2. In his December 6, 2017 blog post, Dr. Joshua Liao describes the effort of the Charter on Professionalism for Healthcare Organizations (the Charter) 2 as worthy but raises “concerns that such charters may have limited impact unless they evolve to also directly address inherent tradeoffs and articulate what should not be done in pursuing professionalism at the organizational level. “ In particular, Dr. Liao states that physicians working in healthcare organizations may or will face potential conflicts between patient and organizational commitments and cites the need for greater clarity about how to make these trade-offs.

    In addition, although the Charter discusses the importance of Healthcare Organizations emphasizing high-value care, Dr. Liao feels that it also should have addressed how to discontinue and avoid low-value care.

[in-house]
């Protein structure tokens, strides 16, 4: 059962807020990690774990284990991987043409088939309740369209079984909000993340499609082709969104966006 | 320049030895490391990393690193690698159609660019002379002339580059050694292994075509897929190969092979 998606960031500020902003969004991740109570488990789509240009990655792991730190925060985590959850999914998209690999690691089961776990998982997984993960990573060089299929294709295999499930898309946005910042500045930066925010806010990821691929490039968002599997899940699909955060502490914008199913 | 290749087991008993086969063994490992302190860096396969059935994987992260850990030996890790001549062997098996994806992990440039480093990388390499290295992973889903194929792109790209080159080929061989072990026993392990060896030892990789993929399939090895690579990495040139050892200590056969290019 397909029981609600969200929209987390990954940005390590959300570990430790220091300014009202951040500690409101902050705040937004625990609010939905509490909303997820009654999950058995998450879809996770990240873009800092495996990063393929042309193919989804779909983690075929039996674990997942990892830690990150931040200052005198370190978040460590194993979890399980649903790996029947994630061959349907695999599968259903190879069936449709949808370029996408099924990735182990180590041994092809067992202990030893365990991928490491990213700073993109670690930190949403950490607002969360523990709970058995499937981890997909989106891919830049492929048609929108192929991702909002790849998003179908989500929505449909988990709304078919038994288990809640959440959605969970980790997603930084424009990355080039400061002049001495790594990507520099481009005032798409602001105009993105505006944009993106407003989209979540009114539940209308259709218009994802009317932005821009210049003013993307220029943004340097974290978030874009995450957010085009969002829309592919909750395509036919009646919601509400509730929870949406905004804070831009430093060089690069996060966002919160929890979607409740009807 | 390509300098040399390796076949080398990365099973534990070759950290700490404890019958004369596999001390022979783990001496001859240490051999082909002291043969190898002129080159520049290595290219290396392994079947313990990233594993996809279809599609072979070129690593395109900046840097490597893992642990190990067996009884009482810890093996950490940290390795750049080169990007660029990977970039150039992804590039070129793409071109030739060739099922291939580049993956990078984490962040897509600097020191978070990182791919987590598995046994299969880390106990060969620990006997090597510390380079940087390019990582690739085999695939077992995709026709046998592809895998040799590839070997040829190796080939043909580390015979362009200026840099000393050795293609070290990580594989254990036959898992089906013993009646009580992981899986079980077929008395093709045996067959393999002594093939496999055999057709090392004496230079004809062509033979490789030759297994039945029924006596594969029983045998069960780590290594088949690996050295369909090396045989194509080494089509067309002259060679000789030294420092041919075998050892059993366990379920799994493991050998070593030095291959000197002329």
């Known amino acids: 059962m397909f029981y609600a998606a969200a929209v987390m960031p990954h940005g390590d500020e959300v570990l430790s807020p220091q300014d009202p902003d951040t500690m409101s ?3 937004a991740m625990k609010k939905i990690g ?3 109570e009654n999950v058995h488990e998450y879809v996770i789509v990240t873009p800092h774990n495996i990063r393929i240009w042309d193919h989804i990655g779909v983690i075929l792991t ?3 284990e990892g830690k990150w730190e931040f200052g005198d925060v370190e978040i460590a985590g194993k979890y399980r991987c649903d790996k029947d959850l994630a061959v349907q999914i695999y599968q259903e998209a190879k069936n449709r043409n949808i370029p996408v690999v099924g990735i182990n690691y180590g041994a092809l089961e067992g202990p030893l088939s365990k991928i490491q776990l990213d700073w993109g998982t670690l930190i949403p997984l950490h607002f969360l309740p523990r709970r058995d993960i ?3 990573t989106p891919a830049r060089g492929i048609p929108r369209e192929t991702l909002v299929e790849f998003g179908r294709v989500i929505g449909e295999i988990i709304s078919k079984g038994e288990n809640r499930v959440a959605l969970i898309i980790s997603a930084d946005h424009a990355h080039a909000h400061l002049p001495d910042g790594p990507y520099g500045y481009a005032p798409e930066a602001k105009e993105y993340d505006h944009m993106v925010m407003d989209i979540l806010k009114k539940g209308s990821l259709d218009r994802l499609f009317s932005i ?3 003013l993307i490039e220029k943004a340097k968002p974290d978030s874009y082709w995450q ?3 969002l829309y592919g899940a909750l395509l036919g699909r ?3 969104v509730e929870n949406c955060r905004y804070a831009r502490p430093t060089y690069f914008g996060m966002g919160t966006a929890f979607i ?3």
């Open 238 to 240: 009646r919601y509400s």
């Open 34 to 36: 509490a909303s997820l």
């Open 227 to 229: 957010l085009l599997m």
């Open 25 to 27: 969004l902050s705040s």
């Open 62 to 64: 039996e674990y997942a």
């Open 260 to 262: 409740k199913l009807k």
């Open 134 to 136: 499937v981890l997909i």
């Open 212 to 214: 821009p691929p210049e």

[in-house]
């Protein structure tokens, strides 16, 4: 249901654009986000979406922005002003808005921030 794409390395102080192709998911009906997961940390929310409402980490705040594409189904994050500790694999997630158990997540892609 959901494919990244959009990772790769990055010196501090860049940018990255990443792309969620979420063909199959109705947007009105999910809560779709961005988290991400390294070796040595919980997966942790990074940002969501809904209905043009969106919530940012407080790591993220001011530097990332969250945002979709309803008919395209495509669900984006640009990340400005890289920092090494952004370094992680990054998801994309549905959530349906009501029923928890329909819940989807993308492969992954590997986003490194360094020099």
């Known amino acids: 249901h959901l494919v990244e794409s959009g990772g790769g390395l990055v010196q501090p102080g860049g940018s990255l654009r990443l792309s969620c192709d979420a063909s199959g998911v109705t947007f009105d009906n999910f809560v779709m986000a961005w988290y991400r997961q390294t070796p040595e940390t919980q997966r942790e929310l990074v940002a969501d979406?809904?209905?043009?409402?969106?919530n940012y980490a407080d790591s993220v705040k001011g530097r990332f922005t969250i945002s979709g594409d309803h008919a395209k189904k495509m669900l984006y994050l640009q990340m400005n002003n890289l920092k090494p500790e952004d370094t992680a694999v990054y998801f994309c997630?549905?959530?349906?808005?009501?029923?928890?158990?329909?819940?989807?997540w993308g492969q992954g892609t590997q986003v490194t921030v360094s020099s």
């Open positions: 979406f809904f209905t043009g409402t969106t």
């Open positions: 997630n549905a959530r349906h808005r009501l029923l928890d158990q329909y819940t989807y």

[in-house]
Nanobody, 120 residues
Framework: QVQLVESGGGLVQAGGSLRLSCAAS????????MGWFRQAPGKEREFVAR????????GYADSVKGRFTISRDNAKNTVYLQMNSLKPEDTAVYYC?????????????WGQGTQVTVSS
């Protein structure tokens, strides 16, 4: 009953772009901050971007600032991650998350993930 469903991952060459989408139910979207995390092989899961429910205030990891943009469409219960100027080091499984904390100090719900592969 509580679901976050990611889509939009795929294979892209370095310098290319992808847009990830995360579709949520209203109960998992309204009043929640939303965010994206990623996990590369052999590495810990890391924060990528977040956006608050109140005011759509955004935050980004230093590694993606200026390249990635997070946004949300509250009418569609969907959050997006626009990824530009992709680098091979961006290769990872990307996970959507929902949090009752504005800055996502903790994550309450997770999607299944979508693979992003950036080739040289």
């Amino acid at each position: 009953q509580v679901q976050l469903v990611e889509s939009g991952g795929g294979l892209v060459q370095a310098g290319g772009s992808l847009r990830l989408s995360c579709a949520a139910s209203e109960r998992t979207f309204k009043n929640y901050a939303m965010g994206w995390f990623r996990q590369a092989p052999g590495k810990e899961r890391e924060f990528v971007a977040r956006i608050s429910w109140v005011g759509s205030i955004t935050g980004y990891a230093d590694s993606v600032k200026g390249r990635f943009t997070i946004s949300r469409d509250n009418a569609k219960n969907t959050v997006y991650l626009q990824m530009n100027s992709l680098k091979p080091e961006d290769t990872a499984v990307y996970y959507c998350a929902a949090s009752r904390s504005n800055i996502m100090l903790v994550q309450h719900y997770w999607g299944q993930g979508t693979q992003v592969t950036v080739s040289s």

The ethics of individual healthcare professionals has been grounded by the philosophy of medicine and four basic ethical principles: autonomy, beneficence, nonmaleficence, and justice. -3 Clinicians have traditionally used all four of these principles to evaluate individual clinical decisions from an ethical perspective. As practice has evolved, new ethical dilemmas have occurred, resulting in new decisions. However, the philosophy of medicine as discovered in the healing relationship and principles have remained the same.